They’re called “porch pirates”: people who steal unattended packages delivered to your doorstep. As this annoying petty crime has increased over the years as e-commerce grows, so has the prevalence of package theft.
The online megacorporation Amazon acquired “Ring,” a startup that began making smart doorbells with security cameras, for $1 billion in February 2018. The security camera can be linked to an app called “Neighbors,” that can share footage from the camera on an online surveillance network set up much like a social media newsfeed.
In essence, it’s a marriage between technology and the old-fashioned concept of a neighborhood watch group.
Since launching this online surveillance network in May 2018, over 600 municipal police departments across the country have joined the network, which allows a user’s local police department to view, post, respond to incidents posted to the Neighbors app, and also formally request user footage to assist in an investigation.
This month, Mattapoisett became one of those participating police departments, making it only the second such department on the entire South Coast and Cape Cod region.
Dartmouth Police was the first in our region.
“By working together, we can all make Mattapoisett a safer community,” Mattapoisett Police announced in a post to its Facebook page on December 18.
The app is free and can be downloaded by anyone, not just Amazon Ring users. It’s being used to share information with residents in one’s own area about crimes, incidents surrounding public safety, suspicious observations, suspicious people, and even lost pets. App users can receive real-time alerts, share anonymous tips, directly from their smartphones, and stay current on local crime and safety.
Across the county, the online surveillance network now dubbed the “new neighborhood watch,” has proven effective in deterring opportunistic crime such as porch pirating and capturing perpetrators; however, some privacy advocates, civil rights groups, and social justice organizations warn about the unintended consequences that exist as a result of the surveillance network, especially for people of color.
Massachusetts Senator Edward Markey in a September 5, 2019 letter to Amazon CEO Jeff Bezos, expressed his own concern with the civil liberties issues that have surfaced.
“Although innovative approaches to law enforcement to keep neighborhoods safe and combat crime are encouraged and welcome, the nature of Ring’s products and its partnerships with police departments raise serious privacy and civil liberties concern,” Markey wrote.
In addition to the capturing and storing of video from millions of households of bystanders, many of whom are unaware that they are being filmed, Markey expressed another concern about civil liberties.
“The integration of Ring’s network of cameras with law enforcement offices could easily create a surveillance network that places dangerous burdens on people of color and feeds racial anxieties in local communities,” Markey stated in his letter, adding that he was particularly alarmed to hear of Ring’s pursuit of a facial recognition technology to flag certain individuals based on their biometric information – technology that disproportionately misidentified people of Latinos and African Americans.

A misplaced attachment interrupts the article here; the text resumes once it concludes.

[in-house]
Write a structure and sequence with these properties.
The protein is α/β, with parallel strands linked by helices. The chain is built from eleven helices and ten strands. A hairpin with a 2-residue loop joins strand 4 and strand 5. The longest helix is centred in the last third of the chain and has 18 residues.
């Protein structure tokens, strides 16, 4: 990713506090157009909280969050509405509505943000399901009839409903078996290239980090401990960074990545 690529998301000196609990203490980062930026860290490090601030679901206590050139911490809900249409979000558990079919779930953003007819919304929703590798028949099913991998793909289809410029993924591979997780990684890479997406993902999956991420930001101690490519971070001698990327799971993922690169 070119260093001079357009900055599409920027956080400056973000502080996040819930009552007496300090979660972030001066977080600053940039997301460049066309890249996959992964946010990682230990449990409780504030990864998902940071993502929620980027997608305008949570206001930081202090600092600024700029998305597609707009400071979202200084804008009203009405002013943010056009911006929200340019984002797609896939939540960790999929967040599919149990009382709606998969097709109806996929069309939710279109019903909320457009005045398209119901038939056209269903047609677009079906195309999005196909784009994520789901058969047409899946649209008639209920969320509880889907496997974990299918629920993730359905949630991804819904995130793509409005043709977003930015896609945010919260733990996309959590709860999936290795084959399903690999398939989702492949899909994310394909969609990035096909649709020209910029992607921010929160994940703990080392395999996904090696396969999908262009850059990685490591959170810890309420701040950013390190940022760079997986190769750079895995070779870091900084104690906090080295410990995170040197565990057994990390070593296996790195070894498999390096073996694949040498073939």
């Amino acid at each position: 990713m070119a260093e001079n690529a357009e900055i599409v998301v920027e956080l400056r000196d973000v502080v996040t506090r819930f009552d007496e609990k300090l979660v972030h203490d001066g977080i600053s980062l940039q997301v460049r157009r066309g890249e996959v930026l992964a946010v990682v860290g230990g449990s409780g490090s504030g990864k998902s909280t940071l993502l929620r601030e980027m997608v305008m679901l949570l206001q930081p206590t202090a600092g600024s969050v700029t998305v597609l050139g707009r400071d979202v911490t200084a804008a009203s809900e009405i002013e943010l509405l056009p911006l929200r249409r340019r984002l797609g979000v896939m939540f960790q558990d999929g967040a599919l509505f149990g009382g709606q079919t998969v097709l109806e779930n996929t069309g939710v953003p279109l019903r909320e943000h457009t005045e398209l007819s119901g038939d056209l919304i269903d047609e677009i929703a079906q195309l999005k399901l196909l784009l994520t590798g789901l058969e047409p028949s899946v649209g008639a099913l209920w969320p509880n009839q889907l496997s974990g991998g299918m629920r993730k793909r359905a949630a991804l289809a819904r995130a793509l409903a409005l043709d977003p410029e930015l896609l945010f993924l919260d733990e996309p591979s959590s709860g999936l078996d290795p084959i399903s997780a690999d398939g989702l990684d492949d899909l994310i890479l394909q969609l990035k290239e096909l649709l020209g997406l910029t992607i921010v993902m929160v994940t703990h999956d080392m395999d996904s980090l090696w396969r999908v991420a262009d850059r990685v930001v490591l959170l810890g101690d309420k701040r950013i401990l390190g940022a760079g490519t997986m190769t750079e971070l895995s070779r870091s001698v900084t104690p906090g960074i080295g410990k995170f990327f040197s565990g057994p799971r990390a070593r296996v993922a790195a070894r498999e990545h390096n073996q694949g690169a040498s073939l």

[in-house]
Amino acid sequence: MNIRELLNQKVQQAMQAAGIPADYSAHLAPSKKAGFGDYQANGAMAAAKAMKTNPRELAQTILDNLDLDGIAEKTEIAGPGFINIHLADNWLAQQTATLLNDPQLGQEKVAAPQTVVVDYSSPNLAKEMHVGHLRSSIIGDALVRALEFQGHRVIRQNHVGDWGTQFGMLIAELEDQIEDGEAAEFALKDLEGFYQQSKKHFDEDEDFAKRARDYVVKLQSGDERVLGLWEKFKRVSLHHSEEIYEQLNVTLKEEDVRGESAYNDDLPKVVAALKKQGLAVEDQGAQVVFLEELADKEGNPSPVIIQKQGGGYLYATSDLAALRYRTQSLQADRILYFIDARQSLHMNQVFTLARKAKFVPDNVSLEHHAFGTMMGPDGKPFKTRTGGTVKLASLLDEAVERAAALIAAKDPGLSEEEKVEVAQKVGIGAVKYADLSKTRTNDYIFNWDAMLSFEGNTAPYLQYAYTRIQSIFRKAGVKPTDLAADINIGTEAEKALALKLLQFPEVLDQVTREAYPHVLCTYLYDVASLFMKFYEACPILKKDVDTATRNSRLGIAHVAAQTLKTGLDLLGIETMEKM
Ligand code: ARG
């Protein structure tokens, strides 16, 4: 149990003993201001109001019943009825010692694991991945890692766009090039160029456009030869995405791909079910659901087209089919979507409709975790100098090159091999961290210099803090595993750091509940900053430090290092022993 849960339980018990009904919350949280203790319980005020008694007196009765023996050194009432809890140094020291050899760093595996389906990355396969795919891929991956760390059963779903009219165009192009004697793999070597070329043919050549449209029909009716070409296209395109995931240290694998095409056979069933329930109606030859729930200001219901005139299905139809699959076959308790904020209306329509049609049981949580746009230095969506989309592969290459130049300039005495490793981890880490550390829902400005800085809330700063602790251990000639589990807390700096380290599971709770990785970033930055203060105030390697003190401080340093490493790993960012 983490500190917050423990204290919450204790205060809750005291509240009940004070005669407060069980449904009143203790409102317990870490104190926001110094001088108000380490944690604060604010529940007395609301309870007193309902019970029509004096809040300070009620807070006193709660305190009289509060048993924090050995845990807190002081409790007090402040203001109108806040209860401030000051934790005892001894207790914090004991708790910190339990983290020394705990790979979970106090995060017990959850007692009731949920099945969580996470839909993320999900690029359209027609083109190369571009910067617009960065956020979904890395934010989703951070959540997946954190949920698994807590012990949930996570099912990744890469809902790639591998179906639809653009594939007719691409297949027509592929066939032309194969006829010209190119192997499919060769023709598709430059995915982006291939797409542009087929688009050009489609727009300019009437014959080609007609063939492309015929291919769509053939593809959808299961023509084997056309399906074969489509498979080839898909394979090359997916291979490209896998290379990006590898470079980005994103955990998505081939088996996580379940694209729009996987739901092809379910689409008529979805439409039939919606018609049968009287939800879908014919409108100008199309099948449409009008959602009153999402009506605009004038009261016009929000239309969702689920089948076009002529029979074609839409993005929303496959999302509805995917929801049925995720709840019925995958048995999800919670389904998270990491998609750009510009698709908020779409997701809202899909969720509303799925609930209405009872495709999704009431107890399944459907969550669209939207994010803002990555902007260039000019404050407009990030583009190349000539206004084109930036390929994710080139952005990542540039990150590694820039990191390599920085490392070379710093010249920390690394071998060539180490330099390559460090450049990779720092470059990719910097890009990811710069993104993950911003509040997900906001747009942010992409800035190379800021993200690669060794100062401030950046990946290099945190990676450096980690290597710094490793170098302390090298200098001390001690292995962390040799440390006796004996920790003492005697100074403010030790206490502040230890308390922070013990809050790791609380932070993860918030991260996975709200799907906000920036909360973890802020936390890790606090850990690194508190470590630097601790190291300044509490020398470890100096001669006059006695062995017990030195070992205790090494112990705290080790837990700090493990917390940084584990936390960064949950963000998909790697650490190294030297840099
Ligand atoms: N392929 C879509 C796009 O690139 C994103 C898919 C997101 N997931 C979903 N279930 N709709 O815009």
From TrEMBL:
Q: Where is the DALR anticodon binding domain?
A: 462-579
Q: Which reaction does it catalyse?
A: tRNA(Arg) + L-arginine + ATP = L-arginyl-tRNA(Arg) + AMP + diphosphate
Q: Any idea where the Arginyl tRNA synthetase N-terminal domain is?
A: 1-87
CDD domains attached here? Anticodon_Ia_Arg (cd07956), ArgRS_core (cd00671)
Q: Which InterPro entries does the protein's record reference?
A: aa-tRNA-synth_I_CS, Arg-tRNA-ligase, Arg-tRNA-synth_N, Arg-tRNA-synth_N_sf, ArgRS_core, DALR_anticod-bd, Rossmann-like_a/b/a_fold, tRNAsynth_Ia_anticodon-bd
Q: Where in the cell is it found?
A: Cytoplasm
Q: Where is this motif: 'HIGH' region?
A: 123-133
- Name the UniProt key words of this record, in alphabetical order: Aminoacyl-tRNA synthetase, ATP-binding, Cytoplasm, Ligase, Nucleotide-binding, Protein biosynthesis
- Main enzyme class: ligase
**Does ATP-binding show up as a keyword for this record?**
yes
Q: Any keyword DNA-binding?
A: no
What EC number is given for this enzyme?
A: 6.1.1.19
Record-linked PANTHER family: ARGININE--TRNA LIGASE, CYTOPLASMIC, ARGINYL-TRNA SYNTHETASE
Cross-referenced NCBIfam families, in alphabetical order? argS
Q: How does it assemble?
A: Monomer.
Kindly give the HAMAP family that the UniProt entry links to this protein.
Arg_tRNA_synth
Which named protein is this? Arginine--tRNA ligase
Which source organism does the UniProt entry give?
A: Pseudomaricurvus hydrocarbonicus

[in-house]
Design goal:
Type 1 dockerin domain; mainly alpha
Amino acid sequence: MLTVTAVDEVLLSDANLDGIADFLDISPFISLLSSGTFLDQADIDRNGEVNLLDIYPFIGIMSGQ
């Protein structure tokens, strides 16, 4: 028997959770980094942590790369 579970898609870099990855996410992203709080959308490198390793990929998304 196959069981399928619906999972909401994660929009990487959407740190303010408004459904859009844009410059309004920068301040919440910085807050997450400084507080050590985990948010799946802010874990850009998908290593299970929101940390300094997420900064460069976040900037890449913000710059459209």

In a December 17, 2019, open letter to Bezos and Ring CEO Jamie Siminoff, digital rights organization MediaJustice (formerly the Center for Media Justice) wrote regarding racism and Ring:
“…[Y]our company’s Neighbors app stokes false alarms over ‘rising’ crime by encouraging neighbors to spy on one another. This app is not designed to prevent crime, but rather it is designed to escalate neighborhood watch programs where individuals are likely to make assumptions about people of color, people experiencing homelessness, and other marginalized people. Your surveillance products weaponize race and digitize racial profiling so many communities of color already experience.”
Ring does not currently use facial recognition in its Ring technology; however, it filed an application for a patent on facial recognition technology, which, in Amazon’s November 1 response to Senator Markey, is referred to as a “contemplated, but unreleased feature” of the Ring.
In an email response to The Wanderer for comment on Mattapoisett Police joining Ring’s Neighbors network, Mattapoisett Police Chief Mary Lyons said on December 23, “There are always safety and security concerns when using the Internet to communicate. One would hope that the neighbors signed onto the group would be respectful of everyone and use the group network for the purpose it was designed for.”
Lyons explained that in order to join a Neighbors group, they must be sent a code number to use to sign up. And some people may share that code with others who are not in the community or neighborhood, she said, adding those individuals could potentially misuse the site.
“Everyone should be cautious when posting personal information to a public communication site,” said Lyons. “Many companies sell the database containing your personal information to other companies without notifying you. There are many cases of Internet fraud.”
Mattapoisett Police reminds residents that use Ring or the Neighbors app that they should still call 911 in the event of an emergency.
By Jean Perry